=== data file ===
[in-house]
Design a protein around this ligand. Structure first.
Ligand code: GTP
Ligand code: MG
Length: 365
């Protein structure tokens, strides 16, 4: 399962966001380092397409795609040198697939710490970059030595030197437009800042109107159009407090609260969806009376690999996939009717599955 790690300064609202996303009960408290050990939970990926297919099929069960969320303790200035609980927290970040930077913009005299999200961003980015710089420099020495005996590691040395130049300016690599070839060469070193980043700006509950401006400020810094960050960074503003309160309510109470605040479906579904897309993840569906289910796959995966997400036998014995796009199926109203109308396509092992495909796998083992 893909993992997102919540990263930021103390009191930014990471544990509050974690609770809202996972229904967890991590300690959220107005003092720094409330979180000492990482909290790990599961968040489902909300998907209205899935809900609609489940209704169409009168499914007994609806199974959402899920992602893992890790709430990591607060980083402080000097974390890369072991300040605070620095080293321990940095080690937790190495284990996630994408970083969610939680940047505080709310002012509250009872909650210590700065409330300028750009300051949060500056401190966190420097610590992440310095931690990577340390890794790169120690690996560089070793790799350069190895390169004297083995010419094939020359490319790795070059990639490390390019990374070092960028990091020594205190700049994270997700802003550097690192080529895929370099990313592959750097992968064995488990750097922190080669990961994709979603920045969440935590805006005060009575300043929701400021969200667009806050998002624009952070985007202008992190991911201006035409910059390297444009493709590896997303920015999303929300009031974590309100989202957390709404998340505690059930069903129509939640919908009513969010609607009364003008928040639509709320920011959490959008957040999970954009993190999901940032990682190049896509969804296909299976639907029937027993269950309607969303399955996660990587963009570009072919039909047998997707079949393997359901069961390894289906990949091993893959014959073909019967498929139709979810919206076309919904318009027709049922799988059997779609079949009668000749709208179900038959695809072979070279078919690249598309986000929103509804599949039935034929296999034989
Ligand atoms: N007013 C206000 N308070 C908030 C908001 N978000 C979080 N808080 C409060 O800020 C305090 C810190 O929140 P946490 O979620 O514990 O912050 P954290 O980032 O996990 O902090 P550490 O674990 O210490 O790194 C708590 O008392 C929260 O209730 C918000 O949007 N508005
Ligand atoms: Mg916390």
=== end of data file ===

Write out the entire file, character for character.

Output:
[in-house]
Design a protein around this ligand. Structure first.
Ligand code: GTP
Ligand code: MG
Length: 365
């Protein structure tokens, strides 16, 4: 399962966001380092397409795609040198697939710490970059030595030197437009800042109107159009407090609260969806009376690999996939009717599955 790690300064609202996303009960408290050990939970990926297919099929069960969320303790200035609980927290970040930077913009005299999200961003980015710089420099020495005996590691040395130049300016690599070839060469070193980043700006509950401006400020810094960050960074503003309160309510109470605040479906579904897309993840569906289910796959995966997400036998014995796009199926109203109308396509092992495909796998083992 893909993992997102919540990263930021103390009191930014990471544990509050974690609770809202996972229904967890991590300690959220107005003092720094409330979180000492990482909290790990599961968040489902909300998907209205899935809900609609489940209704169409009168499914007994609806199974959402899920992602893992890790709430990591607060980083402080000097974390890369072991300040605070620095080293321990940095080690937790190495284990996630994408970083969610939680940047505080709310002012509250009872909650210590700065409330300028750009300051949060500056401190966190420097610590992440310095931690990577340390890794790169120690690996560089070793790799350069190895390169004297083995010419094939020359490319790795070059990639490390390019990374070092960028990091020594205190700049994270997700802003550097690192080529895929370099990313592959750097992968064995488990750097922190080669990961994709979603920045969440935590805006005060009575300043929701400021969200667009806050998002624009952070985007202008992190991911201006035409910059390297444009493709590896997303920015999303929300009031974590309100989202957390709404998340505690059930069903129509939640919908009513969010609607009364003008928040639509709320920011959490959008957040999970954009993190999901940032990682190049896509969804296909299976639907029937027993269950309607969303399955996660990587963009570009072919039909047998997707079949393997359901069961390894289906990949091993893959014959073909019967498929139709979810919206076309919904318009027709049922799988059997779609079949009668000749709208179900038959695809072979070279078919690249598309986000929103509804599949039935034929296999034989
Ligand atoms: N007013 C206000 N308070 C908030 C908001 N978000 C979080 N808080 C409060 O800020 C305090 C810190 O929140 P946490 O979620 O514990 O912050 P954290 O980032 O996990 O902090 P550490 O674990 O210490 O790194 C708590 O008392 C929260 O209730 C918000 O949007 N508005
Ligand atoms: Mg916390």